What now, I have to return in March for a 6 month smear test to hopefully confirm that all is good.

Since then, I have spoken to so many of my friends and acquaintances who have had exactly the same, it doesn’t seem to be talked about openly but it is extremely common. If this is happening or has happened to you, you are not alone. You are not the only one. My top tips for you… DO NOT read through all the forums online, it doesn’t help as everyone is different and everyones experience is different. It probably will leave you with more questions than answers. If something isn’t right, go back to the doctor. If you are worried or unsure and need questions answered, ask the nurses or your consultant… that is their job. I came away with questions i was too nervous to ask whilst keeping my brave face firmly in place. Take someone with you, it makes it much less nerve-racking and its nice to have a chauffeur driven ride to the appointments when you aren’t feeling 100%.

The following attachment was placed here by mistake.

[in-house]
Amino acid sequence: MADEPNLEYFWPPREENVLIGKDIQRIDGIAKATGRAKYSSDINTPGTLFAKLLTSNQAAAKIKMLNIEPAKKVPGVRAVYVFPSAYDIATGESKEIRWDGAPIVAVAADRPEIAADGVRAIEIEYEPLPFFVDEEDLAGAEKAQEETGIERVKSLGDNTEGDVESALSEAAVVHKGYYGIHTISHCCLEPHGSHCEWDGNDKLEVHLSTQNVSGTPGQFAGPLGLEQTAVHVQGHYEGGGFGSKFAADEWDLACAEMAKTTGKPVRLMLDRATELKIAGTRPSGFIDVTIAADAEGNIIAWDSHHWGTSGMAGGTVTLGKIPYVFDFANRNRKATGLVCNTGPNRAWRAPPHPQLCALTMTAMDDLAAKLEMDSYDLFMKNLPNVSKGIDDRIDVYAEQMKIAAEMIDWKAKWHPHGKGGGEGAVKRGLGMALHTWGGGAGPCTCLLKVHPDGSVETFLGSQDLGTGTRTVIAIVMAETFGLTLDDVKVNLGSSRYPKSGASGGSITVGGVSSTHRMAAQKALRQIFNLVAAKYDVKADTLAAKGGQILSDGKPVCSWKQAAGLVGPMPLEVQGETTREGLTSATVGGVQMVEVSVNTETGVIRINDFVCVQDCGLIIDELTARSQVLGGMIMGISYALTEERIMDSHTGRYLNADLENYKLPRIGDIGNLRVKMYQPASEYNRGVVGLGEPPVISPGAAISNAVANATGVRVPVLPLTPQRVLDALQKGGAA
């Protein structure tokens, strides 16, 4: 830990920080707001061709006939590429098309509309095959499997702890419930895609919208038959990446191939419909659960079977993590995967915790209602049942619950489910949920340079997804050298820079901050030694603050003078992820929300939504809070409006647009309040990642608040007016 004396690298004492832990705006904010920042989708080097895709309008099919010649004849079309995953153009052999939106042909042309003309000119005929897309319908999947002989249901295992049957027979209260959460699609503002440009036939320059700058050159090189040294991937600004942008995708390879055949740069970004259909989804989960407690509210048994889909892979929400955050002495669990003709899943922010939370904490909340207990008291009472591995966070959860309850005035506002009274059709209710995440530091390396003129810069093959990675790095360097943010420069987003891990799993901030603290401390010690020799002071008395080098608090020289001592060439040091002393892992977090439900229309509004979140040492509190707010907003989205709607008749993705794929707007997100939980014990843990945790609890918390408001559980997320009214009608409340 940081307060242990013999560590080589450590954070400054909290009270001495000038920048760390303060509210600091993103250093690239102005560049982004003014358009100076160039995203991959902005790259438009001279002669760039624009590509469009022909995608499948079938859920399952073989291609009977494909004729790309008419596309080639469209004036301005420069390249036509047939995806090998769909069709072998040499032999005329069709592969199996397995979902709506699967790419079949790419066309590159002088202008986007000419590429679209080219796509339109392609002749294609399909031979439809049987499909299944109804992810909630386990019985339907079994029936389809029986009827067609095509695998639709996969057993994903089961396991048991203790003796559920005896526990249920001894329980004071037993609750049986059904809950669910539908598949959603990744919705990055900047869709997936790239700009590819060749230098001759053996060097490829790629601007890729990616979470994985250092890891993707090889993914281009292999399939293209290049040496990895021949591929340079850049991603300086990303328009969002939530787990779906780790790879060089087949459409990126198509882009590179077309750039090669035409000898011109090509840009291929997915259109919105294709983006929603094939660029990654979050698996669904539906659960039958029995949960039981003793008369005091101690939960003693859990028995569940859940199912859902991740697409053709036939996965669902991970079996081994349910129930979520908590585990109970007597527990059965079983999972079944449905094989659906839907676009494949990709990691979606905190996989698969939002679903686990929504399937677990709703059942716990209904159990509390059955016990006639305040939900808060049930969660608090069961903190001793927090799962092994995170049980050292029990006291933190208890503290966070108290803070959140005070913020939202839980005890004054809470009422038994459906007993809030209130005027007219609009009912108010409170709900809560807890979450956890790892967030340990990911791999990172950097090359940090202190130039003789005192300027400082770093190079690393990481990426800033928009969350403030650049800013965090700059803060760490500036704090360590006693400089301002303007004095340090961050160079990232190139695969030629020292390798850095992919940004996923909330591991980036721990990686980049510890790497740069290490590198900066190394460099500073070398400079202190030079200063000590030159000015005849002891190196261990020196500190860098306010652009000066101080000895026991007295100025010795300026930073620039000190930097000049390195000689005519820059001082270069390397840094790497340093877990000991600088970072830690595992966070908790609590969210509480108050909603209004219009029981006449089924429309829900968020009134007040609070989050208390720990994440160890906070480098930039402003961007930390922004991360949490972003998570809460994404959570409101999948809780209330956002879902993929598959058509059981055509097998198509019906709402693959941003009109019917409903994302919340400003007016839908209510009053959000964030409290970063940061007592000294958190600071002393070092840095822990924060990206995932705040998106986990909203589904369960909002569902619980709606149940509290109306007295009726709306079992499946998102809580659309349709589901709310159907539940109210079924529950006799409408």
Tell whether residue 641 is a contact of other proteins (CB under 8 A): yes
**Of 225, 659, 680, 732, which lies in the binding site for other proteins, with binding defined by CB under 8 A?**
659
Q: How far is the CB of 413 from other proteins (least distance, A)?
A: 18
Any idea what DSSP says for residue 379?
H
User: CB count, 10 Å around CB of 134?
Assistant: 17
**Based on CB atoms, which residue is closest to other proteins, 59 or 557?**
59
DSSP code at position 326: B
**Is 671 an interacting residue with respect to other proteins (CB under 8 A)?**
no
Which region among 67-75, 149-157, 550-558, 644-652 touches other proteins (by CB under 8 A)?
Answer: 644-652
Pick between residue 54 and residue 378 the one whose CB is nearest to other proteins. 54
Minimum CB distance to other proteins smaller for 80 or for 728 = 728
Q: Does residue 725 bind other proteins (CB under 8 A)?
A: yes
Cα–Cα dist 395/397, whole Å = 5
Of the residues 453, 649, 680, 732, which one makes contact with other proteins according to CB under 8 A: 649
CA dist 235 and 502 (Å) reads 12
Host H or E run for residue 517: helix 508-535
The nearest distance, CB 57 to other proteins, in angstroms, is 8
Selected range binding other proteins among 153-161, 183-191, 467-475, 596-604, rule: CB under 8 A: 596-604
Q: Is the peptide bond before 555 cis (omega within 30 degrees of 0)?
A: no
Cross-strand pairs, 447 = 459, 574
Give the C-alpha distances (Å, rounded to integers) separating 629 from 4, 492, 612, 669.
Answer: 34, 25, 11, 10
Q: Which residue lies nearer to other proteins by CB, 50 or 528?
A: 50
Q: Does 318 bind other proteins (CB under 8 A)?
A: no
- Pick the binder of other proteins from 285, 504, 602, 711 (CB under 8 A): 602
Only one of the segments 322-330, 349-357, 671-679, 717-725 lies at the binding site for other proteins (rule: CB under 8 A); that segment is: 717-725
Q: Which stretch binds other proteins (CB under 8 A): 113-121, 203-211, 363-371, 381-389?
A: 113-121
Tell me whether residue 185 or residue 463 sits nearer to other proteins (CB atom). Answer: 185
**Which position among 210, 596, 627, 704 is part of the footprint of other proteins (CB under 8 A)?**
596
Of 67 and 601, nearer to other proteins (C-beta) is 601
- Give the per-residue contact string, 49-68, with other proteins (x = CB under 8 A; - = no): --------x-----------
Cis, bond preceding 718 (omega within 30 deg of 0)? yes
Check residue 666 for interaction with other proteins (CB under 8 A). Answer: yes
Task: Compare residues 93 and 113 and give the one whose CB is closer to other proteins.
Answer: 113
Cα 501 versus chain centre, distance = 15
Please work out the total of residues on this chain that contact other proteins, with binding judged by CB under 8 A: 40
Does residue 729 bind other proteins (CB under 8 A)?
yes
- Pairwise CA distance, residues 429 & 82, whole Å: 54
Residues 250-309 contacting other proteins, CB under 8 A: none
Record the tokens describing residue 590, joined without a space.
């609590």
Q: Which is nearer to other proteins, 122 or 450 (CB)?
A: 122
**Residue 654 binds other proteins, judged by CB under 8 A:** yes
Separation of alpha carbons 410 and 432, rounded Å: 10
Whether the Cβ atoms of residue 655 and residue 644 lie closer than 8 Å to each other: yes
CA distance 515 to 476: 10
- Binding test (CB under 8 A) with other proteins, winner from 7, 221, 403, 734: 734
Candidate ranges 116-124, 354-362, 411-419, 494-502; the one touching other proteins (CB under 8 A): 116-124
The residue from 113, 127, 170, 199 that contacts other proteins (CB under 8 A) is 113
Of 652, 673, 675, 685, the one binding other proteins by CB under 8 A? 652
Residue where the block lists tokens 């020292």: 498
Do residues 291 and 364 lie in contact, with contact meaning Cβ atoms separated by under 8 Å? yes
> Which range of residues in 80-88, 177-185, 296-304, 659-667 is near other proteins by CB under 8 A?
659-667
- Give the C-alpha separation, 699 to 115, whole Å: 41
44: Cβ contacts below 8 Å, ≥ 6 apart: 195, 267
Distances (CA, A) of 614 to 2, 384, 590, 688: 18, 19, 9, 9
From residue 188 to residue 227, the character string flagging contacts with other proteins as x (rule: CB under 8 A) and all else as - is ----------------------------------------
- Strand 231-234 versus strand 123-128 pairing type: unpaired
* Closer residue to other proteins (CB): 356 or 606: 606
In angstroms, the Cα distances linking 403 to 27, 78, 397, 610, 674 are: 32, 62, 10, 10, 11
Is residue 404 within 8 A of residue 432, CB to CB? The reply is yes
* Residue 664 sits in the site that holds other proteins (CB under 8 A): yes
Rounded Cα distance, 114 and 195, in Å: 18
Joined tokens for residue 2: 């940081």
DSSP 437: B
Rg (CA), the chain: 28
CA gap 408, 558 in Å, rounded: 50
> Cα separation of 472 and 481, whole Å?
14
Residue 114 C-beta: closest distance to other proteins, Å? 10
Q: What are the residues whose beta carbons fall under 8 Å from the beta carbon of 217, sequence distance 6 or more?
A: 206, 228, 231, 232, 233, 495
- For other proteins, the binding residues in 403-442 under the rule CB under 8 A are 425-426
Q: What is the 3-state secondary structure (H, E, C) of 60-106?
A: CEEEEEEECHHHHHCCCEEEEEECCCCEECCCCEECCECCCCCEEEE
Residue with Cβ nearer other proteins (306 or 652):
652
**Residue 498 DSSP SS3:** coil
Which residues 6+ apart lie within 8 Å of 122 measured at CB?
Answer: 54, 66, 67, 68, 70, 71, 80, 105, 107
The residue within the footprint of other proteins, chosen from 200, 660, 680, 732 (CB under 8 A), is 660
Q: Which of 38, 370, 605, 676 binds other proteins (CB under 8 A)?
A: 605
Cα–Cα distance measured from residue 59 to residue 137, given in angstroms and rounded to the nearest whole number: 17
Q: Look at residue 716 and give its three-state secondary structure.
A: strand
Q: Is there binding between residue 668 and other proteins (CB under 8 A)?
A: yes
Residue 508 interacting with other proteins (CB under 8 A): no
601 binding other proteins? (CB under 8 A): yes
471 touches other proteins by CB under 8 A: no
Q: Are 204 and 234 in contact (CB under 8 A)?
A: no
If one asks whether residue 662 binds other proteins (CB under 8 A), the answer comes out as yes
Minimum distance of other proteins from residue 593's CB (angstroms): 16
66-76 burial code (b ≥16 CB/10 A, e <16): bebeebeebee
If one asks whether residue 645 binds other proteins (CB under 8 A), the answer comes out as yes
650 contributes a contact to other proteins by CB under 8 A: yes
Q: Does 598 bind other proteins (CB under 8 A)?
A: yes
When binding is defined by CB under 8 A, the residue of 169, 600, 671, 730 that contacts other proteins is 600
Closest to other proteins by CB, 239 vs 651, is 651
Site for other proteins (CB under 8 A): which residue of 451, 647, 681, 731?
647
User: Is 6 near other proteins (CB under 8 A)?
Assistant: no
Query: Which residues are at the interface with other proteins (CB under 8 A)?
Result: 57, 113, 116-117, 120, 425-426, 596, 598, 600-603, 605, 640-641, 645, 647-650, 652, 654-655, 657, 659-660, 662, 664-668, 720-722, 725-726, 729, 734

You may be thinking, did I have no symptoms. And at the time I was in complete shock as I didn’t have any symptoms i could think of. BUT… for around 3 years I had suffered with breakthrough bleeding between periods which Doctors always blamed on my pill resulting in testing out about 10 different contraceptive pills before being told I wasn’t allowed to change again and would have to consider a coil. Since my treatment, no bleeding!! So there we have it, it wasn’t my pill it was one of the biggest tell tale signs that something isn’t quite right and one of the main signifiers of cervical cancer.

Know your own body, get tested and spread the word. I hope this article can put at least one mind at ease that the idea in your head of what the procedures could be like is far worse than the reality.

Smear test: 30 seconds of discomfort for a potentially life saving treatment. If you have any questions or concerns feel free to message me, I am more than happy to expand on my story and answer any questions.

For more info on any of the above, a website i found really helpful is https://www.jostrust.org.uk